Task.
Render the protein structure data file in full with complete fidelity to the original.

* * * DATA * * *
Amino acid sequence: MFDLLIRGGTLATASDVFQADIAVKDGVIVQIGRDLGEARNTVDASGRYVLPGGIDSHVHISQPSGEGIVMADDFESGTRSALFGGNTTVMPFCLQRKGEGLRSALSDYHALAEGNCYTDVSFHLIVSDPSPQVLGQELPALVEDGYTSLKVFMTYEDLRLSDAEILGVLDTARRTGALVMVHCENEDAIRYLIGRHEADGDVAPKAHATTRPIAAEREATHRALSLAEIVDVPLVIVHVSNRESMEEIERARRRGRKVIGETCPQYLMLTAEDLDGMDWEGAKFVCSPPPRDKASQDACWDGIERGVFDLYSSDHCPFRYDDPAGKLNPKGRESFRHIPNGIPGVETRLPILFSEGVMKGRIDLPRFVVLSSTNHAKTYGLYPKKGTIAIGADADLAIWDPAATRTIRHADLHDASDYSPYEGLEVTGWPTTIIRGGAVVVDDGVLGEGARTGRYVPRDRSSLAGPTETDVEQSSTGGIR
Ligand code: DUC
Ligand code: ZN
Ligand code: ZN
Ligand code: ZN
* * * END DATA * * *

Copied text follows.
Amino acid sequence: MFDLLIRGGTLATASDVFQADIAVKDGVIVQIGRDLGEARNTVDASGRYVLPGGIDSHVHISQPSGEGIVMADDFESGTRSALFGGNTTVMPFCLQRKGEGLRSALSDYHALAEGNCYTDVSFHLIVSDPSPQVLGQELPALVEDGYTSLKVFMTYEDLRLSDAEILGVLDTARRTGALVMVHCENEDAIRYLIGRHEADGDVAPKAHATTRPIAAEREATHRALSLAEIVDVPLVIVHVSNRESMEEIERARRRGRKVIGETCPQYLMLTAEDLDGMDWEGAKFVCSPPPRDKASQDACWDGIERGVFDLYSSDHCPFRYDDPAGKLNPKGRESFRHIPNGIPGVETRLPILFSEGVMKGRIDLPRFVVLSSTNHAKTYGLYPKKGTIAIGADADLAIWDPAATRTIRHADLHDASDYSPYEGLEVTGWPTTIIRGGAVVVDDGVLGEGARTGRYVPRDRSSLAGPTETDVEQSSTGGIR
Ligand code: DUC
Ligand code: ZN
Ligand code: ZN
Ligand code: ZN